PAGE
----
The Intelligence Bureau continues to interfere with fundamental rights while performing its primary function of gathering internal intelligence despite its extra-constitutional existence. Recently, the Ministry of Home Affairs vide an order dated 20.12.2018 has empowered it to decrypt any information collected from any device in the country. This presents a clear interference with fundamental rights particularly the right to privacy under Article 21 of the Indian Constitution. The Intelligence Bureau’s interference with fundamental rights has been the subject of severe judicial scrutiny, most notably in the matter of Priya Parameshwaran Pillai vs Union Of India.
There are compelling reasons to state that that the Intelligence Bureau exists in a constitutional vacuum in the light of various judgments of the Supreme Court of India and the absence of any specific statute that lays down its powers, functions and limitations.
Does the IB have police power?
In Intelligence Bureau Housing Society v. RN Kulkarni, the government has maintained that the Intelligence Bureau is a civil organization, which would mean that the Intelligence Bureau officials cannot perform duties that are delegated to the police officers in India like interrogation, investigation and arrest. However, vide a notification dated 20.1.87, the Ministry of Home Affairs conferred powers of Superintendent of Police on Intelligence Bureau officers of the rank of Assistant Directors. This gives powers to the Intelligence Bureau of such rank to perform the powers that are in the hands of the police, which is contrary to the stance maintained by the government before the court of law. Additionally, the Intelligence Bureau officers are entitled to the same privileges and honours as those of police officers. Home Minister Ajay Maken conceded that medals like the President’s Police Medal and gallantry awards are also conferred on Intelligence Bureau officers.
While construing the meaning of the term “police officer”, the Supreme Court held it to mean officer whose duties it was to prevent and detect crimes. However, in 2000 the Home Minister, Vidyasagar Rao while answering the question “Whether Intelligence Bureau has not been able to curb crimes in the country?” said that the Intelligence Bureau was not directly responsible for curbing crimes in the country.
The duties and powers of a police officer have been prescribed under the Police Act, 1861, including the power to investigate and interrogate and the duty to maintain public order and safety. An Intelligence Bureau officer does not exercise the same powers as those of an officer in charge of a police station. Nevertheless, there is no distinction between the powers he exercises with respect to offences under his ambit and those which a police officer exercises in relation to offences which it is his duty to prevent and bring to light.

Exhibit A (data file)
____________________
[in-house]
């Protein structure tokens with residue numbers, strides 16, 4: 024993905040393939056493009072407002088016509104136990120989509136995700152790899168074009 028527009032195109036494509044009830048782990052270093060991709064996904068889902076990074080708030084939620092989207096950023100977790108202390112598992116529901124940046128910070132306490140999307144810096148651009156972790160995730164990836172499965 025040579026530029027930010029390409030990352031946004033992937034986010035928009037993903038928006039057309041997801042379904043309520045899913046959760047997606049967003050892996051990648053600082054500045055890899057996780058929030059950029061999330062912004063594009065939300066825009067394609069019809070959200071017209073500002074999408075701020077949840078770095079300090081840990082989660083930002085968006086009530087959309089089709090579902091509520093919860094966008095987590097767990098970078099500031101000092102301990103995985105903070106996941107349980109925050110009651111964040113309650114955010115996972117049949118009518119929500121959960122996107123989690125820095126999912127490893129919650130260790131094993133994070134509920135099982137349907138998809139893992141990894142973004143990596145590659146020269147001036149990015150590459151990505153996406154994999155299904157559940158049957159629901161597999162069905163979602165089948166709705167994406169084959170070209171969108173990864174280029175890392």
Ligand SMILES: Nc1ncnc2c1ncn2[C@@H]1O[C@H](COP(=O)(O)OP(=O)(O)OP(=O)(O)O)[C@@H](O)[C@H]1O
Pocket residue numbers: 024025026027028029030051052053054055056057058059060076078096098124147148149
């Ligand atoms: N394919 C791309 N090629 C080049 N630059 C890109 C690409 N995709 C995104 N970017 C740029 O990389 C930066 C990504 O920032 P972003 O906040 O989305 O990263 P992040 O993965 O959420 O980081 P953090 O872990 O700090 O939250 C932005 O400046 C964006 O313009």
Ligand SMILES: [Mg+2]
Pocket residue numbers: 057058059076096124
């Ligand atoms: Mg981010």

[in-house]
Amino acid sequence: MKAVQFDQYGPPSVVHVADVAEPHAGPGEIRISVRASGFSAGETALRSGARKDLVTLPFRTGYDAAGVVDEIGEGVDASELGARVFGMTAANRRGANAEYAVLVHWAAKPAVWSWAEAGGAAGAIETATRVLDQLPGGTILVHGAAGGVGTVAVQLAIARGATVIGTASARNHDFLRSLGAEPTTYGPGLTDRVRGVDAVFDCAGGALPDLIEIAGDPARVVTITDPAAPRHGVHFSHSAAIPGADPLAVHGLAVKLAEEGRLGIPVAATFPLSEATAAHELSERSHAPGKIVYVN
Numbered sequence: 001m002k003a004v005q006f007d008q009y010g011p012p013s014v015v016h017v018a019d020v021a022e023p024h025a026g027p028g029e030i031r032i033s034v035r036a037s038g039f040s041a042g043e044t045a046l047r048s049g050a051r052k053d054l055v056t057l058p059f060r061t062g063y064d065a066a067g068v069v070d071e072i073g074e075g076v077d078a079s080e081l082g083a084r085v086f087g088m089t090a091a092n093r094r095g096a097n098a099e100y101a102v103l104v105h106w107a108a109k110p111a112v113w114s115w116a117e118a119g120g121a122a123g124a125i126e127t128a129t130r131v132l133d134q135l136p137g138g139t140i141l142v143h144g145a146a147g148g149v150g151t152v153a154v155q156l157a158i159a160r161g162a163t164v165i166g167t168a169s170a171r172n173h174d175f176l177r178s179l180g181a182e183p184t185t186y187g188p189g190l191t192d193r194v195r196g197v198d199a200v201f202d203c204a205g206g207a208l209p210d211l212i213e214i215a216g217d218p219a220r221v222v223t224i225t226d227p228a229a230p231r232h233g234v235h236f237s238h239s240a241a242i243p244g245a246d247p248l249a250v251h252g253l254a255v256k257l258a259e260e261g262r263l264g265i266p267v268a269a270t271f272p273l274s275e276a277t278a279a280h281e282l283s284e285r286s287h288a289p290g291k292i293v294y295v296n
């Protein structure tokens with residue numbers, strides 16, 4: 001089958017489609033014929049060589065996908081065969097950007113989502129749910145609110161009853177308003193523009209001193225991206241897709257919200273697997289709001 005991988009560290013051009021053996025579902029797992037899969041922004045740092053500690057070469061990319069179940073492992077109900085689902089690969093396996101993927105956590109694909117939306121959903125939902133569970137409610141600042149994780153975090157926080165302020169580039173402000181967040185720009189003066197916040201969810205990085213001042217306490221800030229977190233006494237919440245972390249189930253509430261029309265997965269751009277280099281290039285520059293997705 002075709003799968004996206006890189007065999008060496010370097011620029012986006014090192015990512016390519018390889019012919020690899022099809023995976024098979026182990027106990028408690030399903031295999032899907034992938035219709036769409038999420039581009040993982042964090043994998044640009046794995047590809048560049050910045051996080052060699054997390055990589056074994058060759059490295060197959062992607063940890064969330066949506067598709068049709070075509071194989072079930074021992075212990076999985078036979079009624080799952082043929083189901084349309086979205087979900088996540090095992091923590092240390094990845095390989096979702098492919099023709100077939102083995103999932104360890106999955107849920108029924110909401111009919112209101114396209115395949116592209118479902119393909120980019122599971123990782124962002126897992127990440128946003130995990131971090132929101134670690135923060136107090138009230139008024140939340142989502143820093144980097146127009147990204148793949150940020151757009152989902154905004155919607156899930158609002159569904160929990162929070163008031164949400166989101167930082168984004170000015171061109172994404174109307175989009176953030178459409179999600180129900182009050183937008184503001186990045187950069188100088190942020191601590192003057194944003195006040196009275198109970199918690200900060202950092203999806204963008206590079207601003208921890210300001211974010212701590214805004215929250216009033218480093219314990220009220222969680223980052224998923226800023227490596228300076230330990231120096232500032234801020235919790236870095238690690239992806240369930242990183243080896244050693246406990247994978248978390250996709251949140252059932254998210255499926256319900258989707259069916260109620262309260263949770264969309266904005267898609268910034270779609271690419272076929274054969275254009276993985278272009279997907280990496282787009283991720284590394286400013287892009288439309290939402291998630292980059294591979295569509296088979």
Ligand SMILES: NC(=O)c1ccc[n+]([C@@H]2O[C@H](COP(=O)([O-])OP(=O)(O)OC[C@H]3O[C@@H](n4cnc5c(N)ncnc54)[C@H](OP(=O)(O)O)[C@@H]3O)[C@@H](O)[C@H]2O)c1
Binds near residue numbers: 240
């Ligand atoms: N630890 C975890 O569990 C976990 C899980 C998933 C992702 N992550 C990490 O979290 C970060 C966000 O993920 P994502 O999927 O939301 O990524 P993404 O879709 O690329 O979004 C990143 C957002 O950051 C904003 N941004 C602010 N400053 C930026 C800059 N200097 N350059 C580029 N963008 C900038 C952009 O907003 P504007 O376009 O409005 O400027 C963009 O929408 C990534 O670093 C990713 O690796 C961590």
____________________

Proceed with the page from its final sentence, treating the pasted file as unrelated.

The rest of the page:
There have been multiple instances when Intelligence Bureau officers have investigated and interrogated people. In S.Nambi Narayanan v. Siby Mathews, it was reported that Intelligence Bureau officers had interrogated a woman and had been in the investigation process long before a Special Investigation Team (SIT) had been constituted by the state government of Kerala. Later, the CBI left the entire interrogation process to the Intelligence Bureau and voluntarily surrendered their duties. Even in D.K. Basu v. State of W.B., it was noted that the Intelligence Bureau was clothed with powers to detain and interrogate individuals.
The government’s stance about the powers and functions of the Intelligence Bureau is completely contradictory to the precedents laid down by the Supreme Court and the powers exercised by the officers of the IB in actual practice. The actions of the Intelligence Bureau officers in their everyday affairs renders the IB as an organisation with police powers, contrary to what the government has contended in the ongoing litigation which has challenged the constitutionality of the Intelligence Bureau.
The Intelligence Bureau presently is an unregulated body and has complete autonomy over its budget and its functioning, but there is a burning need to restrict its powers. Its activities interfere with significant fundamental rights under the Constitution, such as the life and liberty of the citizens. But, unlike the Police Act that sets out limitations on the powers exercised by police officers, there is no regulatory statute which is applicable to Intelligence Bureau officers. An attempt at limiting their powers and setting up an accountability mechanism was made by Manish Tiwari through The Intelligence Services (Powers and Regulations) Bill, 2011, which is yet to be passed by the Parliament even nine years after its introduction. There is a need to address this dichotomy in the present system, as the agency’s exercise of police powers without any accountability for empowerment makes it prone to systematic abuse.